Lahaina’s banyan tree damaged by Maui wildfires shows new life
Lahaina’s giant banyan tree, scorched by the flames of Maui’s deadly wildfires, is showing small signs of recovery: sprouting a batch of fresh green leaves.
The 150-year-old banyan, which stands 60 feet tall, has long been cherished by locals and tourists on the island. But it is not just a tree. Conservation experts say it is the largest of its kind in the United States, and to many residents it is considered a landmark — frequently a backdrop to meetups and the scene of wedding proposals.
The August blazes were the deadliest in modern American history, killing at least 97 people and razing entire homes and communities. There are still 31 open reports of missing people, according to officials who have spent weeks trying to identify victims.
Amid the devastation from the fires, the tree is “just about the only thing left” standing in the historic town, U.S. senators from Hawaii said — burned and badly covered in ash, but still there. Sen. Mazie Hirono (D) said in the days following the tragedy that the “iconic tree” was “deeply damaged, but still standing,” and expressed hope it would survive.
On Monday, Maui’s Department of Land and Natural Resources announced good news. It shared a video showing a collection of fresh green leaves on the banyan, calling them “positive signs of long-term recovery” and acknowledging the work of arborists who had been volunteering to save the tree.
Volunteers have been working toward the banyan’s recovery for weeks, carefully tending to its soil, monitoring it for signs of growth, and even providing it with what they call “tree-loving soup,” Hawaii Magazine reported earlier this month.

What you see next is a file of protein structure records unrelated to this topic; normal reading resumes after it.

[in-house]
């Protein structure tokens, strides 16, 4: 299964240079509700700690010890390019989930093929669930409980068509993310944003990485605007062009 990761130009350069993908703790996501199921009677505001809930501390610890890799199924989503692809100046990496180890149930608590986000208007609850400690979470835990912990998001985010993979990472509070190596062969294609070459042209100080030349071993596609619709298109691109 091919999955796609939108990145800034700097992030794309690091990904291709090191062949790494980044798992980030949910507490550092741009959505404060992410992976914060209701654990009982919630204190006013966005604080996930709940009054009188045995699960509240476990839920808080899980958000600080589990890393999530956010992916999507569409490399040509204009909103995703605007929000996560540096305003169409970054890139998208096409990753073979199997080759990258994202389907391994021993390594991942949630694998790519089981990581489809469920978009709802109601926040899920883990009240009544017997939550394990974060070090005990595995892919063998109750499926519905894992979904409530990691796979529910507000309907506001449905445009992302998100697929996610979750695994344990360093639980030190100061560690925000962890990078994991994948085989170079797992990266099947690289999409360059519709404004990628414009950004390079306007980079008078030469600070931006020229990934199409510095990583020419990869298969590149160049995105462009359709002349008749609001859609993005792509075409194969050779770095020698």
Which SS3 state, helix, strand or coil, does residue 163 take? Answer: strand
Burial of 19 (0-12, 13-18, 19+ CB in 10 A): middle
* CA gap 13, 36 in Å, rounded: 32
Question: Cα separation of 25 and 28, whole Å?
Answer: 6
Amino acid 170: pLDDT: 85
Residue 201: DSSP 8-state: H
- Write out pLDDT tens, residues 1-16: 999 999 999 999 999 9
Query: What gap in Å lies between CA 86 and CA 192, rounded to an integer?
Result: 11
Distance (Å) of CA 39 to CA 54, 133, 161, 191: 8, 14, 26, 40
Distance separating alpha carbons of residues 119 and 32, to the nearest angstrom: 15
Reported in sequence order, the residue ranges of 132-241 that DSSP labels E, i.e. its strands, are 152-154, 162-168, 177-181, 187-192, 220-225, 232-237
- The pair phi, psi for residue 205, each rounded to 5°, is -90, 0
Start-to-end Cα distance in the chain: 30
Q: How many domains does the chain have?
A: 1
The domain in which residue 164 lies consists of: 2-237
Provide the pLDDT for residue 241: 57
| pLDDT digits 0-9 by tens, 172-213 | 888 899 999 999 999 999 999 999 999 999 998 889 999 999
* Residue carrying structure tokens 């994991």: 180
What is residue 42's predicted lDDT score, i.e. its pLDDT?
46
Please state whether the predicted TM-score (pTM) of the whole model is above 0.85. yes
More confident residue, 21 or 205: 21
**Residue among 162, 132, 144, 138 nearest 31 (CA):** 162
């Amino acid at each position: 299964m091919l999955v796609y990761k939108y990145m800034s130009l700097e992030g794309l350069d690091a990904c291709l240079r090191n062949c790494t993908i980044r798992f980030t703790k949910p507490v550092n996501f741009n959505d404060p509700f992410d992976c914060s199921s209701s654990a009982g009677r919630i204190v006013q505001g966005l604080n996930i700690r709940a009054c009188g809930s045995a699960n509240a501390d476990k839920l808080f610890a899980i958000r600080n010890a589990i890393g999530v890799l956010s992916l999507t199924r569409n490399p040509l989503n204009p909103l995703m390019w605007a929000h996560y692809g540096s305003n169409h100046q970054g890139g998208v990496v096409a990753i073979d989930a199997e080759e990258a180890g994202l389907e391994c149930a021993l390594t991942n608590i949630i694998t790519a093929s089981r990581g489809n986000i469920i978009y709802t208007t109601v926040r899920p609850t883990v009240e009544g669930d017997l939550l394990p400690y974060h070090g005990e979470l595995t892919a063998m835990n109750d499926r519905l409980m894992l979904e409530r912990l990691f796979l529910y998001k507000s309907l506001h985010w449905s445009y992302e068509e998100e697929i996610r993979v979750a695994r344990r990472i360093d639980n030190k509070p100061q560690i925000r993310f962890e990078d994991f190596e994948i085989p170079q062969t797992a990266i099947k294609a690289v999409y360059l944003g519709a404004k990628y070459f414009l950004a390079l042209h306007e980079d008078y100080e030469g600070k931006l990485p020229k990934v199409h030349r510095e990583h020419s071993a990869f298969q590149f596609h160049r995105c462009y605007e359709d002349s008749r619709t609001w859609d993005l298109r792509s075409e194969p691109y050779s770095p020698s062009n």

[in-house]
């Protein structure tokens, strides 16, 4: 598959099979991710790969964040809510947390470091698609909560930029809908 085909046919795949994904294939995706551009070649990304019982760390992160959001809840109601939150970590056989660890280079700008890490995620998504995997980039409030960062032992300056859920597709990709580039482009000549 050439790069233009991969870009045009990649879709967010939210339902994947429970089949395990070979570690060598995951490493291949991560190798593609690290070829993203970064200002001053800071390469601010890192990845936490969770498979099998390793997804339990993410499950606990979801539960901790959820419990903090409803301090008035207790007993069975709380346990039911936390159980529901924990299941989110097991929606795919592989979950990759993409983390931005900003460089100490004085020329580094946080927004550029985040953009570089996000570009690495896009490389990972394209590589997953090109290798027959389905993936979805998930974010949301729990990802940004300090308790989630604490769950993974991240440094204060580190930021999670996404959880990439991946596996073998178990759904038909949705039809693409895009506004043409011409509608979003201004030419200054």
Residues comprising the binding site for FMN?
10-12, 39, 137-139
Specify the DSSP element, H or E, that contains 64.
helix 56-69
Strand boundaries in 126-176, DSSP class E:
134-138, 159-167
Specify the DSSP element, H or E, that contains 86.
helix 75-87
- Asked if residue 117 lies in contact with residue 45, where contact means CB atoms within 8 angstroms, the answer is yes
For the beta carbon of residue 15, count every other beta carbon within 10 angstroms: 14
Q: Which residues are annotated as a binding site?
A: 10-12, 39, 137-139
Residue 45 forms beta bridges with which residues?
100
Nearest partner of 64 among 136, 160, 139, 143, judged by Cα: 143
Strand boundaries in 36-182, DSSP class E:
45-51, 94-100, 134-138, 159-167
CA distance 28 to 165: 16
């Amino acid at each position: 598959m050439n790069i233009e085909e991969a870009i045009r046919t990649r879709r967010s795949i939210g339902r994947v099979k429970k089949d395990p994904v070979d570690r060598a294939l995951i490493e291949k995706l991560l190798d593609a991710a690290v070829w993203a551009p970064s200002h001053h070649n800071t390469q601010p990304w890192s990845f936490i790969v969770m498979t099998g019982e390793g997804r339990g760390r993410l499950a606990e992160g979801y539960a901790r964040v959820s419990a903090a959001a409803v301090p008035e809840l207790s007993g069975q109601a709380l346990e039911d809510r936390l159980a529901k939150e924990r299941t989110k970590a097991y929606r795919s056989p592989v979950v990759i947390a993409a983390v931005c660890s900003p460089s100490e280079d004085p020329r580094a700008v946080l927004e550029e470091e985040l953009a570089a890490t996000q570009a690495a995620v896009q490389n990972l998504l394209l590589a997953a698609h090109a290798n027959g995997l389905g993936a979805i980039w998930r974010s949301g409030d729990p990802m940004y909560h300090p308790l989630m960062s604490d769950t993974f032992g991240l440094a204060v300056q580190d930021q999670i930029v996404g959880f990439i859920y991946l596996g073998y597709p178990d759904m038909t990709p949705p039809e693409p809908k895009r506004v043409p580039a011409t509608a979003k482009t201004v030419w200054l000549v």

The soup, a concoction of nutrients made by landscape contractor Chris Imonti, was created as part of the local mission to recover the tree. “Like many others, I have a personal attachment to the tree,” Imonti told the magazine. “We’re taking it to heart to try to bring back the tree, to give some hope to Lāhainā.”
Arborist Steve Nimz found live tissue in the tree’s cambium, the layer just below the bark, after the disaster, and told Hawaii Magazine this month that root samples indicated “very good news as far as new life in the roots.”
Local media described the leaves as “rising from the ashes” and a “sign of hope,” adding that “the ultimate survival of the tree has become symbolic of what many hope for the fire-ravaged town.”
The banyan was planted in 1873 to mark the 50th anniversary of the first Protestant mission in Lahaina, according to the Lahaina Restoration Foundation. Over the years, residents worked to cultivate the tree, hanging jars of water on specific roots to help it grow symmetrically.
Other sites were also damaged or lost in the fires, including a missionary home thought to be the oldest standing house on Maui and a Buddhist temple.
“Lāhainā’s Banyan tree represents the deep roots of this community. Even in the face of unspeakable heartache, its limbs reach outward and upward,” U.S. Secretary of Energy Jennifer Granholm tweeted last week as she visited the aftermath of the disaster.